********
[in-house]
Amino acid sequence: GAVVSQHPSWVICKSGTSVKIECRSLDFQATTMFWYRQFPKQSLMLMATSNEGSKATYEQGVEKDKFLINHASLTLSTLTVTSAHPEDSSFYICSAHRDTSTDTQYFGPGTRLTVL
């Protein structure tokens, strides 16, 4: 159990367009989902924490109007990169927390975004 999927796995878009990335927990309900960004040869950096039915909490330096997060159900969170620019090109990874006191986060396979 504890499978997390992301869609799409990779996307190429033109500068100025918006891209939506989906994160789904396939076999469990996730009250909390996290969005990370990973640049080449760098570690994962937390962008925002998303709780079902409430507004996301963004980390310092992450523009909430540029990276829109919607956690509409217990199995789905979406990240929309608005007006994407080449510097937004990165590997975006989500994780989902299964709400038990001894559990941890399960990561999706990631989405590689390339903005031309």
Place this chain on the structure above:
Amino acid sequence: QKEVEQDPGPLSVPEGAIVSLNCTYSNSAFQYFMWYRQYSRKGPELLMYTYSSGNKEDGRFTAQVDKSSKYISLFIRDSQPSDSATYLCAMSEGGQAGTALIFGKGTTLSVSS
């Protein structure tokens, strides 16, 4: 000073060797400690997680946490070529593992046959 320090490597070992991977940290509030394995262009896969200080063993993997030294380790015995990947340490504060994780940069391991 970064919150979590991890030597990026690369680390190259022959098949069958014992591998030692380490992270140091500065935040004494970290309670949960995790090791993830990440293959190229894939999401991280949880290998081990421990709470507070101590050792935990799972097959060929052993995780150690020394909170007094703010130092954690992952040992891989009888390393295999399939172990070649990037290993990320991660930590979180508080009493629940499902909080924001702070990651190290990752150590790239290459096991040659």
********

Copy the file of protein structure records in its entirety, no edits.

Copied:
[in-house]
Amino acid sequence: GAVVSQHPSWVICKSGTSVKIECRSLDFQATTMFWYRQFPKQSLMLMATSNEGSKATYEQGVEKDKFLINHASLTLSTLTVTSAHPEDSSFYICSAHRDTSTDTQYFGPGTRLTVL
């Protein structure tokens, strides 16, 4: 159990367009989902924490109007990169927390975004 999927796995878009990335927990309900960004040869950096039915909490330096997060159900969170620019090109990874006191986060396979 504890499978997390992301869609799409990779996307190429033109500068100025918006891209939506989906994160789904396939076999469990996730009250909390996290969005990370990973640049080449760098570690994962937390962008925002998303709780079902409430507004996301963004980390310092992450523009909430540029990276829109919607956690509409217990199995789905979406990240929309608005007006994407080449510097937004990165590997975006989500994780989902299964709400038990001894559990941890399960990561999706990631989405590689390339903005031309």
Place this chain on the structure above:
Amino acid sequence: QKEVEQDPGPLSVPEGAIVSLNCTYSNSAFQYFMWYRQYSRKGPELLMYTYSSGNKEDGRFTAQVDKSSKYISLFIRDSQPSDSATYLCAMSEGGQAGTALIFGKGTTLSVSS
């Protein structure tokens, strides 16, 4: 000073060797400690997680946490070529593992046959 320090490597070992991977940290509030394995262009896969200080063993993997030294380790015995990947340490504060994780940069391991 970064919150979590991890030597990026690369680390190259022959098949069958014992591998030692380490992270140091500065935040004494970290309670949960995790090791993830990440293959190229894939999401991280949880290998081990421990709470507070101590050792935990799972097959060929052993995780150690020394909170007094703010130092954690992952040992891989009888390393295999399939172990070649990037290993990320991660930590979180508080009493629940499902909080924001702070990651190290990752150590790239290459096991040659």